The Idea of Justice
Amartya Sen
Allen Lane (2009)
Ethics, Justice, Justice (Philosophy), Social Contract, Social Justice
USA  English
Is justice an ideal, forever beyond our grasp, or something that may actually guide our practical decisions and enhance our lives? In this wide-ranging book, Amartya Sen presents an alternative approach to mainstream theories of justice which, despite their many specific achievements have taken us, he argues, in the wrong direction in general.

One of the principal differences between Sen and the dominant contemporary theorists of justice is that they have been concerned primarily, sometimes wholly, with identifying what perfectly Just social arrangements might be, rather than clarifying how different realizations of justice might be compared and evaluated. White most of the mainstream theorists follow one at the two major traditions of Enlightenment thinking, that of a hypothetical ‘social contract’ pursued by Hobbes, Locke, Rousseau, Kant and in our own time by the leading contemporary Political philosopher John Rawls, Sen’s analysis significantly advances the other Enlightenment tradition of reducing injustice pursued in different ways by Smith, Condorcet, Wollstonecraft, Bentham, Mill and Marx.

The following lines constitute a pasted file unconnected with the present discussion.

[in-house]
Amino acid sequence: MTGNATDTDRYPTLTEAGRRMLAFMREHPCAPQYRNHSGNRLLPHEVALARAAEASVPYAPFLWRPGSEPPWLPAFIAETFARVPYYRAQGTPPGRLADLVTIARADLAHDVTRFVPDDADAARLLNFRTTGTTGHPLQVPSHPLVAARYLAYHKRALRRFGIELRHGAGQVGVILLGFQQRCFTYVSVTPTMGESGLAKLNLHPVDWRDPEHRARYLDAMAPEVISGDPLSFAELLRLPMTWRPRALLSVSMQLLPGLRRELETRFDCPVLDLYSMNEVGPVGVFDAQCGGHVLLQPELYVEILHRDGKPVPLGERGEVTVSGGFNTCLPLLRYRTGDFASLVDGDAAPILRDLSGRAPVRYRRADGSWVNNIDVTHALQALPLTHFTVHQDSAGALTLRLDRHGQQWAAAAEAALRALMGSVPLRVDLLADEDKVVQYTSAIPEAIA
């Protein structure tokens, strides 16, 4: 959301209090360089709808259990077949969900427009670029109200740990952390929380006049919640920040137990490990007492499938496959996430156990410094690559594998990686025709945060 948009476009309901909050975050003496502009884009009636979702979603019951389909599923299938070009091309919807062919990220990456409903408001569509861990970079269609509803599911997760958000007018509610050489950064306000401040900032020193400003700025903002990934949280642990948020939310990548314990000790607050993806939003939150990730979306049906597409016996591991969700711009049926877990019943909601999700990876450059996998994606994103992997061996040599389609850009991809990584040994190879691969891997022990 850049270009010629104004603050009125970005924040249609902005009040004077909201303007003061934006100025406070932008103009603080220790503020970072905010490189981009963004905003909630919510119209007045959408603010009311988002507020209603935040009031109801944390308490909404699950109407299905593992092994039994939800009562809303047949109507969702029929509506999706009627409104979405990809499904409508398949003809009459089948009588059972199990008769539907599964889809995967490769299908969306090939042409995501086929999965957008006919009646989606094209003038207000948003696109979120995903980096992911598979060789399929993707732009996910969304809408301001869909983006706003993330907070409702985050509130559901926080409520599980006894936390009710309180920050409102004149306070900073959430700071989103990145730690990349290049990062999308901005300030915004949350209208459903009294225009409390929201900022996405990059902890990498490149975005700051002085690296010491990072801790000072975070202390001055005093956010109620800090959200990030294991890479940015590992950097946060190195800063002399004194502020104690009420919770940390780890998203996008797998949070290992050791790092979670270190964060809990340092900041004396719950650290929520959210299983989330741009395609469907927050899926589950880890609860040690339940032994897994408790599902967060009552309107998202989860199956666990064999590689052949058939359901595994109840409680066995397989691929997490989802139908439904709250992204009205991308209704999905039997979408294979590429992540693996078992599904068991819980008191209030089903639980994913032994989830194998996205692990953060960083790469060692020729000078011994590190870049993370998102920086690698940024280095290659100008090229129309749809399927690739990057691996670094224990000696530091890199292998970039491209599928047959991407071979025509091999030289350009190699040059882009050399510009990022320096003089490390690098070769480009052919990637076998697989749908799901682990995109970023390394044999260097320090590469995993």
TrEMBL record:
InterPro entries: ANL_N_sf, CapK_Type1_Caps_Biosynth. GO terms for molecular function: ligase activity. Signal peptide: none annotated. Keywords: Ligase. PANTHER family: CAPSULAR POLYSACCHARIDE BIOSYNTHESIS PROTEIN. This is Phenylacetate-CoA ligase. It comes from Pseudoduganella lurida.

At the heart of Sens argument is his insistence on the role of public reason in establishing what can make societies less unjust. But it is in the nature of reasoning about justice, argues Sen, that it does not allow all questions to be settled even in theory; there are choices to be faced between alternative assessments of what is reasonable; several different and competing positions can each be well-defended.Far from rejecting such pluralities or trying to reduce them beyond the limits of reasoning, we should make use of them to construct a theory of justice that can absorb divergent points of view.

Sen also shows how concern about the principles of justice in the modern world must avoid parochialism, and further, address questions of global injustice. The breadth of vision, intellectual acuity and striking humanity of one of the world's leading public intellectuals have never been more clearly shown than in this remarkable book.